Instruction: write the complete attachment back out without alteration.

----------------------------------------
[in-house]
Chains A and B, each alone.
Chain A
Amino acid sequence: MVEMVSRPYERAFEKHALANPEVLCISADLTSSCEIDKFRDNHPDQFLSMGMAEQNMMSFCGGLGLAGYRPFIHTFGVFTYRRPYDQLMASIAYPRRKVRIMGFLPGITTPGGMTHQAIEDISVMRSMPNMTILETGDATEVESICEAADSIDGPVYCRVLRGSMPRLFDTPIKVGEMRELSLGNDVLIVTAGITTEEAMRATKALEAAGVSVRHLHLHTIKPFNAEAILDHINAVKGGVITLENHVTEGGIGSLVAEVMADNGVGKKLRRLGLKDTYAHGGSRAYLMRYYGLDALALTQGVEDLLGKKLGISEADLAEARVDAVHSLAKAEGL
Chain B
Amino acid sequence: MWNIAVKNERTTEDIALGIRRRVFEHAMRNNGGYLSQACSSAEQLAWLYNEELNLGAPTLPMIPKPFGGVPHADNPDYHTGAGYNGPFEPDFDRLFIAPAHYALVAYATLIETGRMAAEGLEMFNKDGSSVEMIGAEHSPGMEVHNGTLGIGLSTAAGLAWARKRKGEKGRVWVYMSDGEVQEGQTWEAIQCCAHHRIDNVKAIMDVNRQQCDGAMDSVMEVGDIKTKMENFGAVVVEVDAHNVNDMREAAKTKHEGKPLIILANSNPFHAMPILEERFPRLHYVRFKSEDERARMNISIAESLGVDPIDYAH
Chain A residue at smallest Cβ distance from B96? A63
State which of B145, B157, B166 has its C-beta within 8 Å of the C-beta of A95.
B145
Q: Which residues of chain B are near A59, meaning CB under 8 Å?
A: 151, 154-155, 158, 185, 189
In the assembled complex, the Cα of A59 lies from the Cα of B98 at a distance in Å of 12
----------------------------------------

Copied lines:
[in-house]
Chains A and B, each alone.
Chain A
Amino acid sequence: MVEMVSRPYERAFEKHALANPEVLCISADLTSSCEIDKFRDNHPDQFLSMGMAEQNMMSFCGGLGLAGYRPFIHTFGVFTYRRPYDQLMASIAYPRRKVRIMGFLPGITTPGGMTHQAIEDISVMRSMPNMTILETGDATEVESICEAADSIDGPVYCRVLRGSMPRLFDTPIKVGEMRELSLGNDVLIVTAGITTEEAMRATKALEAAGVSVRHLHLHTIKPFNAEAILDHINAVKGGVITLENHVTEGGIGSLVAEVMADNGVGKKLRRLGLKDTYAHGGSRAYLMRYYGLDALALTQGVEDLLGKKLGISEADLAEARVDAVHSLAKAEGL
Chain B
Amino acid sequence: MWNIAVKNERTTEDIALGIRRRVFEHAMRNNGGYLSQACSSAEQLAWLYNEELNLGAPTLPMIPKPFGGVPHADNPDYHTGAGYNGPFEPDFDRLFIAPAHYALVAYATLIETGRMAAEGLEMFNKDGSSVEMIGAEHSPGMEVHNGTLGIGLSTAAGLAWARKRKGEKGRVWVYMSDGEVQEGQTWEAIQCCAHHRIDNVKAIMDVNRQQCDGAMDSVMEVGDIKTKMENFGAVVVEVDAHNVNDMREAAKTKHEGKPLIILANSNPFHAMPILEERFPRLHYVRFKSEDERARMNISIAESLGVDPIDYAH
Chain A residue at smallest Cβ distance from B96? A63
State which of B145, B157, B166 has its C-beta within 8 Å of the C-beta of A95.
B145
Q: Which residues of chain B are near A59, meaning CB under 8 Å?
A: 151, 154-155, 158, 185, 189
In the assembled complex, the Cα of A59 lies from the Cα of B98 at a distance in Å of 12